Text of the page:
I've heard the "things will get better" line before, though: things will get better towards the end of high school, things will get better in college, things will get better in grad school. I don't exactly fancy waiting until I'm your age without changing anything to see if my prospects improve due to what you say, because what if you're wrong? To be honest, by the time I reach your age I imagine that most of the women I know will be married (33 is well above the average age for first marriage even where I live, and most of my social environments are male-dominated). Those who aren't, I've seen through forums and dating sites, have certain expectations for their prospective partners and often one of these is that they have already played the field and are now willing to settle down. Many single middle-aged women are perfectly happy being single, more than the amount of single middle-aged men who are happy being single; why would they settle for someone who doesn't meet their criteria?

People with AS, in general, are not good at imagining themselves in another person's shoes. This, I feel, is a fundamental part of the autistic condition. Maybe we can get better at it over time, but it shouldn't come naturally.



AspergerCH75
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26 Apr 2010, 3:27 am

I think this is advice I should be taking. I have signed up on heaps of dating sites. All it's done is caused me to stress because I just keep getting knocked back.

I will admit that during my 20s and early 30s, even back when I was a teenager. I really never thought about looking for a GF until before Christmas last year. There are things in my life that I had to change as when I was younger I was never in a position to even try looking.

Yes, maybe I should give up the dating sites as they just cause me grief more than anything.



CaptainTrips222
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26 Apr 2010, 4:20 pm

AspergerCH75 wrote:
I think this is advice I should be taking. I have signed up on heaps of dating sites. All it's done is caused me to stress because I just keep getting knocked back.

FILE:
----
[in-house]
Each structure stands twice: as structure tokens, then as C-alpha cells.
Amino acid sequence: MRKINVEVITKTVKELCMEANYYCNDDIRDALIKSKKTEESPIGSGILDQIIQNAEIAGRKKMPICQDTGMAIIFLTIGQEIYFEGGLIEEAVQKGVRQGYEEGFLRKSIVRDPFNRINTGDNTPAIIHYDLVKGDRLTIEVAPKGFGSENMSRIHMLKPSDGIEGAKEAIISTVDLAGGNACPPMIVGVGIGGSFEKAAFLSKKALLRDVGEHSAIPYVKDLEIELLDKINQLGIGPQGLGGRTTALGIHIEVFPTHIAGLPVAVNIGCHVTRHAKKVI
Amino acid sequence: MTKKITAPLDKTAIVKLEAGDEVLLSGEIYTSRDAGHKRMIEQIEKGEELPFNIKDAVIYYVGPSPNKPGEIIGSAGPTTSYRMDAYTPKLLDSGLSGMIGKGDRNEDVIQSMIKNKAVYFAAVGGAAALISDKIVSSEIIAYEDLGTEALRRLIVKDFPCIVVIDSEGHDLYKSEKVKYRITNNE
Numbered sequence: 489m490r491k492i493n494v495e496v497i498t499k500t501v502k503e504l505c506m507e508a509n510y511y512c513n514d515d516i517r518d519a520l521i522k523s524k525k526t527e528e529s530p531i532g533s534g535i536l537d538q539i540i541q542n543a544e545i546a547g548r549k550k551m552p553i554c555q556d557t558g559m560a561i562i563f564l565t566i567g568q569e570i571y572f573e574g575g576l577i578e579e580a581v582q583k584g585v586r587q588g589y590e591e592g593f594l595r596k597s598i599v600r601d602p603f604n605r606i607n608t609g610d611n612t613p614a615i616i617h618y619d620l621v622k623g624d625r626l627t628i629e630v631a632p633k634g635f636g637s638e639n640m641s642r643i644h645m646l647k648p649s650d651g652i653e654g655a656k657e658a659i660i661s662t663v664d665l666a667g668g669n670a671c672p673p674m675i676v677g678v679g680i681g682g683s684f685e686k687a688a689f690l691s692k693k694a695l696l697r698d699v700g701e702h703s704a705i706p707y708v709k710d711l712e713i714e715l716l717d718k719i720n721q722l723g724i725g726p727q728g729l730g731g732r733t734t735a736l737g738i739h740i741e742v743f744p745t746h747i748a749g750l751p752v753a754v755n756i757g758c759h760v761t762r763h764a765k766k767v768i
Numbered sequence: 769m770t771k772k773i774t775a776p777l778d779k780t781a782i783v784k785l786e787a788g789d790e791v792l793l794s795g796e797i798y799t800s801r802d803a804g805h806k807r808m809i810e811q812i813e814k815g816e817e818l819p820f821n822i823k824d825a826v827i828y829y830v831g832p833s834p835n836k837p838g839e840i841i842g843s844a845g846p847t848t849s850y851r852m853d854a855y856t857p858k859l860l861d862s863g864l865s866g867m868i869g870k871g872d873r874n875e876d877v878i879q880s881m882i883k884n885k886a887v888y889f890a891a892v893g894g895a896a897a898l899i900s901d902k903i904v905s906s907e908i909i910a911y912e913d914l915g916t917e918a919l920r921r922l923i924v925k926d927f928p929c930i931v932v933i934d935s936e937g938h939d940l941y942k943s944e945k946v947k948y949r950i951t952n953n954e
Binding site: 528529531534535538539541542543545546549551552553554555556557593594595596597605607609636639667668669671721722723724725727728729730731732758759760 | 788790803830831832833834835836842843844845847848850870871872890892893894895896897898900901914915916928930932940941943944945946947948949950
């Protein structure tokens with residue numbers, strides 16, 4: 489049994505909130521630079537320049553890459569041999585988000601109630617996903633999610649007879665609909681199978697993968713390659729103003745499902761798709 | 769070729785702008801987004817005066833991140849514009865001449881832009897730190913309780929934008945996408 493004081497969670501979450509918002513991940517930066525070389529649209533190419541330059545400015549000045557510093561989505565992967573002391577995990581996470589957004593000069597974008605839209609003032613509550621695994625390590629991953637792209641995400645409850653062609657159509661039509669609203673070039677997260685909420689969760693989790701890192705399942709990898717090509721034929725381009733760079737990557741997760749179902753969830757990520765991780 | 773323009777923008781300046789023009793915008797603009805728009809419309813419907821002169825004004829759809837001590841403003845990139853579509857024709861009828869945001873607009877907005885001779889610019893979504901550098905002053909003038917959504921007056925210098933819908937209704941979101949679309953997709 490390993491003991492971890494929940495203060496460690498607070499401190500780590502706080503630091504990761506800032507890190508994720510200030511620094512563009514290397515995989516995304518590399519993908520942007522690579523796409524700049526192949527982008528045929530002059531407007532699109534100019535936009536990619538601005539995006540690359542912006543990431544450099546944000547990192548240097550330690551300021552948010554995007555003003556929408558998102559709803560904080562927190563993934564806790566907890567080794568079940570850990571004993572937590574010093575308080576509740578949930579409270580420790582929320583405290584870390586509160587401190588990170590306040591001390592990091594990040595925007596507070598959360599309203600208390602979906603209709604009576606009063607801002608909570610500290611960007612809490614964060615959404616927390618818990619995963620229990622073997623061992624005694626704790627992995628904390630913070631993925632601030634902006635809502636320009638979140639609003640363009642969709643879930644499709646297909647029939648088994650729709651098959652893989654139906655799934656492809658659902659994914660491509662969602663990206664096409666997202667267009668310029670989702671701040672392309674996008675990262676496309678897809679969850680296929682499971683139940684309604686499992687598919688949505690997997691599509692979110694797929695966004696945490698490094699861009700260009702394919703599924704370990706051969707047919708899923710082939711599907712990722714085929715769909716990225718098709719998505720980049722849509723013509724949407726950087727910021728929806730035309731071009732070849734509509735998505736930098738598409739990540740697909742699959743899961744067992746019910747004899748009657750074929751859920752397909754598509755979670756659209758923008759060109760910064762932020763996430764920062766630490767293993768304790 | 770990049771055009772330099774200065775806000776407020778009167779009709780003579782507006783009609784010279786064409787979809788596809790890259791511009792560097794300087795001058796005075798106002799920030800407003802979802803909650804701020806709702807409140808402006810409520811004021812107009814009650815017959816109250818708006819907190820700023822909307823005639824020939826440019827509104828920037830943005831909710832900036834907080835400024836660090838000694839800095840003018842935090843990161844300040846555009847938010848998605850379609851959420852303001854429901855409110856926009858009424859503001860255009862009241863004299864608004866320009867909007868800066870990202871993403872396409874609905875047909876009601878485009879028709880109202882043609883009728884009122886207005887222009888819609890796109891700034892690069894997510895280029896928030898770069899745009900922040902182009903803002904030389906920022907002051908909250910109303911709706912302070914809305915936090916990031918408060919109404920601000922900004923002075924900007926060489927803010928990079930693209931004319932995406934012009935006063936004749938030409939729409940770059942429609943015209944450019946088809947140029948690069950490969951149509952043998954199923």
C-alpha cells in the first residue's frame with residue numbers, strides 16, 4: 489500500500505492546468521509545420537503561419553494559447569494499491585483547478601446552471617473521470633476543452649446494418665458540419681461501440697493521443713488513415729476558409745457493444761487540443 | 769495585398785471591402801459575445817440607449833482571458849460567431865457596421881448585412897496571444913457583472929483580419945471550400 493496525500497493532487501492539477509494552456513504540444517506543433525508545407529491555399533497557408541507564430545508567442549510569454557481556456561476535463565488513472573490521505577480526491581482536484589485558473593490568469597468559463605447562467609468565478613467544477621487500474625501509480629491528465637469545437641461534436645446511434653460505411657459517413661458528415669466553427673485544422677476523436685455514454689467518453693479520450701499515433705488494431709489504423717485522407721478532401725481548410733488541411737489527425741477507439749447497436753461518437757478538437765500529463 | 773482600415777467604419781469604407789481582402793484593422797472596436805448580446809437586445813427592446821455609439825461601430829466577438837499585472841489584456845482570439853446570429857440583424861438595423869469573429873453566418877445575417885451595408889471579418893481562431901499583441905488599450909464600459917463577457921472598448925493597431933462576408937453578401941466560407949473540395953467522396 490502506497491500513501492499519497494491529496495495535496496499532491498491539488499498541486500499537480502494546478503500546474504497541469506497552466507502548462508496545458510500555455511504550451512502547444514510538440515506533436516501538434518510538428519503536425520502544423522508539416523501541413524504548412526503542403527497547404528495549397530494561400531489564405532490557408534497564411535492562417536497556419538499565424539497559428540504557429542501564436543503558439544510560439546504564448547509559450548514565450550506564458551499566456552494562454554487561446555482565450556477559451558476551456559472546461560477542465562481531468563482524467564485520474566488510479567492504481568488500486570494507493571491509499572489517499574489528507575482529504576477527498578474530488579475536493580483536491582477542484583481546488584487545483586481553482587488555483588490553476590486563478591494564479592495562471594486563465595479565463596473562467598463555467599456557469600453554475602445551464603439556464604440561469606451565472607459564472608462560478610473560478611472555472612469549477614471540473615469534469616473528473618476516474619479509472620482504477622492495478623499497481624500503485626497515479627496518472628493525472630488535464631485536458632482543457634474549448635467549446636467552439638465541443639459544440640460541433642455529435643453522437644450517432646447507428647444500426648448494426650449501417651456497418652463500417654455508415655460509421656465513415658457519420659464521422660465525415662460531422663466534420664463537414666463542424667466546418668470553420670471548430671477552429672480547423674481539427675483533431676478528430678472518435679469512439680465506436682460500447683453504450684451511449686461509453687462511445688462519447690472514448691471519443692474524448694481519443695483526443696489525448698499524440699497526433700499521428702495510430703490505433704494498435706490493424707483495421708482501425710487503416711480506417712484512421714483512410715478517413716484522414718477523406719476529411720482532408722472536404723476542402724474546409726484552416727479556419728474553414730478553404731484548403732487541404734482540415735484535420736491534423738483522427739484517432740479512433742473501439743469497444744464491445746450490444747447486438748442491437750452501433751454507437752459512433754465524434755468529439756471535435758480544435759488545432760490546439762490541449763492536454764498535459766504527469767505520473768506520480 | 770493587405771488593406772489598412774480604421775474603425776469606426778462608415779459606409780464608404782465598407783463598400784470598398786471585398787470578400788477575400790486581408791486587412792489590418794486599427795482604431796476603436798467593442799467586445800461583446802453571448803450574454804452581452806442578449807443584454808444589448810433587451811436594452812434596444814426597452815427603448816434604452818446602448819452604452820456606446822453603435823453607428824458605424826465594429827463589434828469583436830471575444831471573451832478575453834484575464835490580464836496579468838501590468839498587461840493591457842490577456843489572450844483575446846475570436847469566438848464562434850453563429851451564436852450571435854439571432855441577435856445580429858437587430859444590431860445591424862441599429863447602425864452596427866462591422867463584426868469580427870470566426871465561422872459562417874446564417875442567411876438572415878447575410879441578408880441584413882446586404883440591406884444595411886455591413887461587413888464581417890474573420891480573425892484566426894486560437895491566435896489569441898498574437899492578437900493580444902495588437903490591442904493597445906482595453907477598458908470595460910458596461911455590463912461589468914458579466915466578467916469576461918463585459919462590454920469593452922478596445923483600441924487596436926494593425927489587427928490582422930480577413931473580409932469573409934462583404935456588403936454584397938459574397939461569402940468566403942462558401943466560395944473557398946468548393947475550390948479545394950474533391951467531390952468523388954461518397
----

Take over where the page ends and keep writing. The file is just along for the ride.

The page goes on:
I will admit that during my 20s and early 30s, even back when I was a teenager. I really never thought about looking for a GF until before Christmas last year. There are things in my life that I had to change as when I was younger I was never in a position to even try looking.

Yes, maybe I should give up the dating sites as they just cause me grief more than anything.


Dating sites are a waste of time. All my contacts petered out, and my friend didn't get a single match.



techstepgenr8tion
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26 Apr 2010, 4:48 pm

oliverthered wrote:
4: There not going to come knocking on your door, you have to feel the pain and actually go out and practice socializing. You can become a recluse again after you have that stable group of loyal and loving companions.


Actually, this is the only point I'd disagree with you on - if you have it together, are good long term material, and are sociable when you're out, they will make the steps, even meet you 60%-70% of the way. That's not to say that you can hide in a corner and hold the wall up, just that women will show interest if they see something they want enough.



ToughDiamond
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29 Apr 2010, 10:20 am

I agree with the OP. I've nearly always had a partner and I've never chased anybody or jumped through any silly hoops for them.